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Ingram v. United States

United States District Court, N.D. Iowa, Western Division

October 31, 2017

MICHAEL INGRAM, Petitioner,
v.
UNITED STATES OF AMERCIA, Respondent.

          OPINION AND ORDER REGARDING PETITIONER'S AMENDED MOTION PURSUANT TO 28 U.S.C. § 2255 TO VACATE, SET ASIDE, OR CORRECT SENTENCE

          MARK W. BENNETT U.S. DISTRICT COURT JUDGE

         TABLE OF CONTENTS

         I. INTRODUCTION ........................................................................... 2

         II. LEGAL ANALYSIS ........................................................................ 3

         A. Procedural Default ................................................................. 3

         B. The Eighth Amendment Claim ................................................... 5

         C. The Equal Protection/Selective Prosecution Claim .......................... 6

         1. Preliminary matters ........................................................ 6

         2. Elements of the claim ..................................................... 9

a. Discriminatory effect/similarly situated ...................... 10
b. Lack of a rational basis ......................................... 17

         D. Certificate Of Appealability ..................................................... 18

         III. CONCLUSION ............................................................................ 19

         I. INTRODUCTION

         On March 17, 2016, with the assistance of counsel, petitioner Michael Ingram filed his Amended Motion Pursuant To 28 U.S.C. § 2255 To Vacate, Set Aside, Or Correct Sentence (§ 2255 Motion), seeking relief from his mandatory minimum sentence on his 2008 conviction for conspiracy to distribute and to possess with intent to distribute crack cocaine. Ingram's mandatory minimum sentence was doubled from 10 years to 20 years, pursuant to 21 U.S.C. § 851, based on a prior felony drug conviction. Ingram's Amended § 2255 Motion seeks relief on two of his original claims: (1) a claim that the imposition of a § 851 enhancement in his case violated his Eighth Amendment rights; and (2) a claim that the imposition of a § 851 enhancement in his case violated his Fifth Amendment rights to Equal Protection and Due Process (his equal protection/selective prosecution claim).[1] Both claims are based on the geographical disparity in the application of § 851 enhancements between this and other districts.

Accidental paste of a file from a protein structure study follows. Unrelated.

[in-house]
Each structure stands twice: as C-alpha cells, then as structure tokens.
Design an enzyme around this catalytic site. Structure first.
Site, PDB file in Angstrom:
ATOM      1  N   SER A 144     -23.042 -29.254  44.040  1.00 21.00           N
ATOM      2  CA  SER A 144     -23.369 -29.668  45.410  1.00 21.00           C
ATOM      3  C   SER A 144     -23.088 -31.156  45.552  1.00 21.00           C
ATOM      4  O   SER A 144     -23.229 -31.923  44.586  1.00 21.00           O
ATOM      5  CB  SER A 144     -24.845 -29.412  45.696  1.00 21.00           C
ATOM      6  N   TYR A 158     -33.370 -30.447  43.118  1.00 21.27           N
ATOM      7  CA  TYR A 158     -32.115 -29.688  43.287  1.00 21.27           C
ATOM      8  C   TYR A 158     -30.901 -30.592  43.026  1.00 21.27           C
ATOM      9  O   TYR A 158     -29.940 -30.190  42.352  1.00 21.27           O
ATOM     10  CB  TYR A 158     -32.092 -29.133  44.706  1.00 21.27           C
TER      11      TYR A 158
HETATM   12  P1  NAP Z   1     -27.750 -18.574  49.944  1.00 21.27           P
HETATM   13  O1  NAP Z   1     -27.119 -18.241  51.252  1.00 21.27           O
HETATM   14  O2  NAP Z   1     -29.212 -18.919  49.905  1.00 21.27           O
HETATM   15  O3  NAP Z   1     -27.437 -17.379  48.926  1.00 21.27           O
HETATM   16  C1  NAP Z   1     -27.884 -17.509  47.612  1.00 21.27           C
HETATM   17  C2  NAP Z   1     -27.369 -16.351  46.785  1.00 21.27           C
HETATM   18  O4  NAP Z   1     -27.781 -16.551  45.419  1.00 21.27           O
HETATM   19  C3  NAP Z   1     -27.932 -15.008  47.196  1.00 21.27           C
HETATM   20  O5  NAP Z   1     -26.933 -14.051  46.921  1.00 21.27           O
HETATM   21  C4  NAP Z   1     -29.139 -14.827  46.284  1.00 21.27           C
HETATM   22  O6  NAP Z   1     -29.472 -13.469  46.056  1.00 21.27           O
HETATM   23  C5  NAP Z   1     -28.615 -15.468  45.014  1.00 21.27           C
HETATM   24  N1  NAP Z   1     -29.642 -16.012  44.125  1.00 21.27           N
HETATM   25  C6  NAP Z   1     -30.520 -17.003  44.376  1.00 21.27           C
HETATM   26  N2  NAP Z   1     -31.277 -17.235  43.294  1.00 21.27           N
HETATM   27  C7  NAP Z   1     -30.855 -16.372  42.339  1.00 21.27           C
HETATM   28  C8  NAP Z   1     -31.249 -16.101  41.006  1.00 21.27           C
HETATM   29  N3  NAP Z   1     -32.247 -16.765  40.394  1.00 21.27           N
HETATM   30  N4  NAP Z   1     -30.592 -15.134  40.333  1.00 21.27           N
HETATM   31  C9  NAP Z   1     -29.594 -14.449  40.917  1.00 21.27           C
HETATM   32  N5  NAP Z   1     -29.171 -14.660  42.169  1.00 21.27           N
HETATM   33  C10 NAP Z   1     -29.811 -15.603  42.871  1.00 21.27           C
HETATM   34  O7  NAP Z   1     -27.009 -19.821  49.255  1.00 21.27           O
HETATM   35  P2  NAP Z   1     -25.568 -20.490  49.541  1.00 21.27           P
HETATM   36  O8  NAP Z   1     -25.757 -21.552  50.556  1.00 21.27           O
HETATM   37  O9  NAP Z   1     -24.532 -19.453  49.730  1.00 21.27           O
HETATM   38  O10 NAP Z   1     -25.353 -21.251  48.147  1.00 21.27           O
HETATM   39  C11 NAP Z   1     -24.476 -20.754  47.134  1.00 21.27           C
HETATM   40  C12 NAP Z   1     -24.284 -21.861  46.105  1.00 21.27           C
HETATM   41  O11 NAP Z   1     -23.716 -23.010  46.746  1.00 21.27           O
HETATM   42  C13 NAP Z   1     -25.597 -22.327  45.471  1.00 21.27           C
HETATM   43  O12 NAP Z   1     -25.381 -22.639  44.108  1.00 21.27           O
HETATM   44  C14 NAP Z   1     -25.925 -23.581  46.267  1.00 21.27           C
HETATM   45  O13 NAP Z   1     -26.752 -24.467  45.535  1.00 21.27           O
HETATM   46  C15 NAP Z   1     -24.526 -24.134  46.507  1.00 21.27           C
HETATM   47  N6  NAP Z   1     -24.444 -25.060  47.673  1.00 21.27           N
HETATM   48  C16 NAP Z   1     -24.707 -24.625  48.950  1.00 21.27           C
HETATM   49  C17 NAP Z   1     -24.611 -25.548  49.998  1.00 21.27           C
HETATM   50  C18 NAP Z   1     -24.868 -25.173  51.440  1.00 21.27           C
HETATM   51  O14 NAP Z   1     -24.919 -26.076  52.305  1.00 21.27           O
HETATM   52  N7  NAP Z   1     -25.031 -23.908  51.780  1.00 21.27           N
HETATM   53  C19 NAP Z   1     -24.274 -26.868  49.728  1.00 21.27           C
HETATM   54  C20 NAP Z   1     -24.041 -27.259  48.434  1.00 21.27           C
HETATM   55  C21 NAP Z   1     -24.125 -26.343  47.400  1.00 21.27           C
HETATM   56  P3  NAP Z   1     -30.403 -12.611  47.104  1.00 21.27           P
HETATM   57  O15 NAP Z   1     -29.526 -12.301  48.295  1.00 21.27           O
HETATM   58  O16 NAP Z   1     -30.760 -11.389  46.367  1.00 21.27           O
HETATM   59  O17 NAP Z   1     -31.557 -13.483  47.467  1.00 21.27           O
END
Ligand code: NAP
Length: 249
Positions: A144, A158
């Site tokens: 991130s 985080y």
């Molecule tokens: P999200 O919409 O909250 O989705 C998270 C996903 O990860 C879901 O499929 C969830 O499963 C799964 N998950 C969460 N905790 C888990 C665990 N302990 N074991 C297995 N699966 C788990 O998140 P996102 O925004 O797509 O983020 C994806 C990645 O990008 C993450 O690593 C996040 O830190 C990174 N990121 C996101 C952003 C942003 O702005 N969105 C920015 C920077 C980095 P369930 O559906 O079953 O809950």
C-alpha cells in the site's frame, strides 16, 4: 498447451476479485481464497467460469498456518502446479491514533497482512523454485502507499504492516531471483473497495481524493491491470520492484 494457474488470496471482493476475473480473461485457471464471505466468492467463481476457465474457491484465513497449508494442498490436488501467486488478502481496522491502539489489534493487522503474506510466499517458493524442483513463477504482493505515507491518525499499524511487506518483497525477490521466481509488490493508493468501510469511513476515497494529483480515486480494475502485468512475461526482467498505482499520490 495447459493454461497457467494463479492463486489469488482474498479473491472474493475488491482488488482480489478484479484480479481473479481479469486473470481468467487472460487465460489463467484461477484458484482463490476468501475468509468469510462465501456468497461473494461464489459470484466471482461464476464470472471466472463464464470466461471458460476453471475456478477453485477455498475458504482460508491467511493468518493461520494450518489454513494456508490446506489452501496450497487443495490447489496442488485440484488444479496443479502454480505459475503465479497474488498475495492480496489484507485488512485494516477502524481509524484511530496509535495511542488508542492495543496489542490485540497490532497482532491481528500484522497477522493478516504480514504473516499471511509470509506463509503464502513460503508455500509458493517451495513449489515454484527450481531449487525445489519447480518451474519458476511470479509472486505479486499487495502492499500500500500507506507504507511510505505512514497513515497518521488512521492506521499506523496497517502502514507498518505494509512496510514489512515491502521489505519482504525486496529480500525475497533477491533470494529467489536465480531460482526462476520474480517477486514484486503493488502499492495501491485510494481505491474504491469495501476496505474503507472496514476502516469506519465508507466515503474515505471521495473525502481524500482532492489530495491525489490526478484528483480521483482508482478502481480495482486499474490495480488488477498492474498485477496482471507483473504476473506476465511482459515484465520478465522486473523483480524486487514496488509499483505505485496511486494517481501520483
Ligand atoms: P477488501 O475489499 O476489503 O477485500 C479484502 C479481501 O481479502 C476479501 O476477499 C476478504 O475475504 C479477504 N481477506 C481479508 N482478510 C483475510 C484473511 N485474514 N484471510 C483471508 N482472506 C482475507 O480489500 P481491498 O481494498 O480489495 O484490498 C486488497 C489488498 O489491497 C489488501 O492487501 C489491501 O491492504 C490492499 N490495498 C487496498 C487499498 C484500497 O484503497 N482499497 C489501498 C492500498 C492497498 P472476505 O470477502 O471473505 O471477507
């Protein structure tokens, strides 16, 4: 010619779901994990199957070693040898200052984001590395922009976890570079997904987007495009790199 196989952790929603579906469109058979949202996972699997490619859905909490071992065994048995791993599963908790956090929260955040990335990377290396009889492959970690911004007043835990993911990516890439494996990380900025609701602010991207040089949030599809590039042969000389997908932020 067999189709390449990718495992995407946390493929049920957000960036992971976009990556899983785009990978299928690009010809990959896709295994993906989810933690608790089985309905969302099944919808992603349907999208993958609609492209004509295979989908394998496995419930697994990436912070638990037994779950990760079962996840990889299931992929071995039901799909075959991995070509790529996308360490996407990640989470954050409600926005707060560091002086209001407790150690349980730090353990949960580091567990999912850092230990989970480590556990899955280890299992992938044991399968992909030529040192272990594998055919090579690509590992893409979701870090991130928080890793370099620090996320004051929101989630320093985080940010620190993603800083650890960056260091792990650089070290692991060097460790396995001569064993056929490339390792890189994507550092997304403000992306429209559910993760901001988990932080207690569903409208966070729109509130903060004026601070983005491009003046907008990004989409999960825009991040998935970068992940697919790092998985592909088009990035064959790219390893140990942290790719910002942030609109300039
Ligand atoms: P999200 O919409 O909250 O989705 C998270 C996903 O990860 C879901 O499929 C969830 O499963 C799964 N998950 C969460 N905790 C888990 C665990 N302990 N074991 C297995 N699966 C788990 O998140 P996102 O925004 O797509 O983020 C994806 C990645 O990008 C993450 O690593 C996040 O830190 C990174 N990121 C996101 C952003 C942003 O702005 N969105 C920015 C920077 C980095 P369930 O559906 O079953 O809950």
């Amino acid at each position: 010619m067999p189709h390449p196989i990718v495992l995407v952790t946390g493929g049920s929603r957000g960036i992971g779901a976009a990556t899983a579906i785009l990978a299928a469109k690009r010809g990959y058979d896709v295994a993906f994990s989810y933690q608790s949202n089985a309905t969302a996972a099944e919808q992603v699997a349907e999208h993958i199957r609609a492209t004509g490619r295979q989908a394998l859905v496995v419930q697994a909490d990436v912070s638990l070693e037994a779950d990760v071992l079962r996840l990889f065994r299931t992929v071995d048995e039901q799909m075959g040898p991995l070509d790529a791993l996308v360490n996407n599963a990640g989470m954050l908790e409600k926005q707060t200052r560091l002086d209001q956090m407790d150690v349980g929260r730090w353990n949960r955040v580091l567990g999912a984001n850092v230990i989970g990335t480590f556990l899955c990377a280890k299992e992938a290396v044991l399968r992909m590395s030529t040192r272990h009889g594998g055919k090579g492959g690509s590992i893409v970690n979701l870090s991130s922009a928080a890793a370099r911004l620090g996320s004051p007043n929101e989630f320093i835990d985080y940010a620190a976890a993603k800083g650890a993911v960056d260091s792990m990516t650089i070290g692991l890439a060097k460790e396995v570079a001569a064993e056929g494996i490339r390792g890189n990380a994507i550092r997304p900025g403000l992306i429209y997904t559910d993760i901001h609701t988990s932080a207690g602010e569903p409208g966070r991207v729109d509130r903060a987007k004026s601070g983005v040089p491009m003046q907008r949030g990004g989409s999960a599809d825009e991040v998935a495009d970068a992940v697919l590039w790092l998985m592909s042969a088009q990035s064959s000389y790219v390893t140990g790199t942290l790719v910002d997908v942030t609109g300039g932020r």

On February 8, 2017, after reviewing the parties' briefs, I entered an Order for further briefing on specific issues. The parties filed their Supplemental Briefs on March 17, 2017, and Supplemental Replies on March 31, 2017. In addition, on March 17, 2017, Ingram filed a Motion To Expand The Record Pursuant To Rule 7 Of The Rules Governing Section 2254 Cases, to which the respondent consented, and on March 18, 2017, Ingram filed an Amended Motion To Expand The Record, involving one additional exhibit, to which the respondent also consented. Ingram's Motions To Expand The Record identify Rule 7 of the Rules Governing Section 2254 Cases as the authority on which they are based. That rule, while inapplicable to this § 2255 case, is identical to Rule 7 of the Rules Governing Section 2255 Cases. Because I find good cause supports Ingram's Motions To Expand The Record, and the respondent has consented, those motions are granted.